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How to: Move SQL Databases (System)

This is the second article about moving system databases and I just got motivated writing it after reading Erik Darling‘s article Moving Databases with ALTER DATABASE. I wrote my rough draft in an earlier article (that I ended up putting up on my site) on how to move system databases in SQL Server 2008R2. In this feature, I will talk about moving system databases in versions (SQL Server 2008 and later) since they are using the same manner in currently supported SQL versions today,

As you know, things change from time to time and that is especially true with database administration. The data in the database is always needed, but the resources where this data resides may change. For example, a LUN might not be able to expand to present more capacity, a server might be old and needs to be retired or other reasons along this line of thought. The end result is that these data files will need to migrate to a different storage device to allow the system to keep presenting the information. Which leads to the question of how do you perform this task?

I attempted to explain this in earlier articles using the correct method (which pointed to a script you could download from David Levy Blog | Twitter) and an older line of thought that is not recommended. In that earlier article, I was talking about moving databases by detaching / reattaching databases, but that is just too risky as it could lead to data corruption. There might be queries still in the transaction log that have yet to be processed or an active running query that is still running. So forcibly taking a database offline by using the detach approach is not the right line of attack.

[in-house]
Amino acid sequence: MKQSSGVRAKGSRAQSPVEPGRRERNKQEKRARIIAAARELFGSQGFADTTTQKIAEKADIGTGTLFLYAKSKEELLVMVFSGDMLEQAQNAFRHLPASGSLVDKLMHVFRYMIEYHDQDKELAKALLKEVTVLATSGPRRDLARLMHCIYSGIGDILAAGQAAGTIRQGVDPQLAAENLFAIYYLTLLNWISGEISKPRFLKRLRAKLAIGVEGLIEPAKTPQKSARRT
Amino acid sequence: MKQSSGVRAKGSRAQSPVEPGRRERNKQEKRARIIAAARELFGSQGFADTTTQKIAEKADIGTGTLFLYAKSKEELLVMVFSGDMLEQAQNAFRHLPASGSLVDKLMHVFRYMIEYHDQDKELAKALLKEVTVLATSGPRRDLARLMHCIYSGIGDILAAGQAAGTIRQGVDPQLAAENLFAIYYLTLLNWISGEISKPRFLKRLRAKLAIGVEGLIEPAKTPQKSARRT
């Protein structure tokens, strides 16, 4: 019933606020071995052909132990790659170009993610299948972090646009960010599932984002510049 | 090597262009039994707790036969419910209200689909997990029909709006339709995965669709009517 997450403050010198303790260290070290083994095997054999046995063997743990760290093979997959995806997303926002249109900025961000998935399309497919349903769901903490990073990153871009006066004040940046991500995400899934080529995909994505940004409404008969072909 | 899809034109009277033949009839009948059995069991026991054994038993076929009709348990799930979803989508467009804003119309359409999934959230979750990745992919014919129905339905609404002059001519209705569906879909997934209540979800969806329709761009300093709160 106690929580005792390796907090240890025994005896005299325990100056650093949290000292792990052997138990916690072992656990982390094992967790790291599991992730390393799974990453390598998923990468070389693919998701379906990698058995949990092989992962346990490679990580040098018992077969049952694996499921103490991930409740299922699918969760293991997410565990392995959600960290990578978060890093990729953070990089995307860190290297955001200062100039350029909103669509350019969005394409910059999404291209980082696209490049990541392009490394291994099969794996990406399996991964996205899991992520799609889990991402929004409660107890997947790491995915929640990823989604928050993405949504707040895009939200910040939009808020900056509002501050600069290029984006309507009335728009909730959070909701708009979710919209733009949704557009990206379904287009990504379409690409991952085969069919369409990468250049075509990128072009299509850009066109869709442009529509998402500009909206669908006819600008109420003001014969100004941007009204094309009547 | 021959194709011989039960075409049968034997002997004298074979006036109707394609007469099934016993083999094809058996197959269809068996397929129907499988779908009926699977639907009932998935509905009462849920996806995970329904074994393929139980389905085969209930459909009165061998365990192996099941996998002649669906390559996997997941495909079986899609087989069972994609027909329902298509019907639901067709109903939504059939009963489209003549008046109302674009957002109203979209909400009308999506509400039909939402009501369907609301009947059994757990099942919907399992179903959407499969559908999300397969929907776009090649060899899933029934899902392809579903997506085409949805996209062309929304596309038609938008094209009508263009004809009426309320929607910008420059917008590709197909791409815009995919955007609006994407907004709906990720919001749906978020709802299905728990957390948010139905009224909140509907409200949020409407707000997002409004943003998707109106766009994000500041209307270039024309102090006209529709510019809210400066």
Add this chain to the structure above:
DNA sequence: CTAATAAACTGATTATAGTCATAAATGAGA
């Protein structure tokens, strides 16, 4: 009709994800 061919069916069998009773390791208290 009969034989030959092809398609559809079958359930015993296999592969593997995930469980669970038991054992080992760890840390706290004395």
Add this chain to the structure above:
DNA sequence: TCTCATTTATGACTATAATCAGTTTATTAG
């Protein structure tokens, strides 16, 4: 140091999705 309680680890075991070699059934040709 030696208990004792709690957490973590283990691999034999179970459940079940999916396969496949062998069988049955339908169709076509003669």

The proper way to proceed is to use the ALTER DATABASE method and that is the road I am going down. You can also read the MSDN article called Move System Databases for more information.

As usual, before you begin any modifications with SQL Server, make sure you have adequate backups, in case something goes wrong. You will need to also verify that the backup you took is working by performing a test. Restore it to another instance and then query it to confirm the results are accurate. No one will take responsibility for what happens to your data files as that burden lies on your shoulders.

In this post, I will start with moving the system database.

As you saw in the previous article, I have configured my SQL instance to save my MDF data files to my H drive and my transaction logs to my O drive:


However, when I run this query to check my system database names and locations:

SELECT name, physical_name AS CurrentLocation, state_desc

FROM
sys.master_files

WHERE database_id in
(DB_ID(N'master'),DB_ID(N'model'),DB_ID(N'msdb'));

GO

I see that they got moved to the C Drive due to the nature of the SQL GUI installer: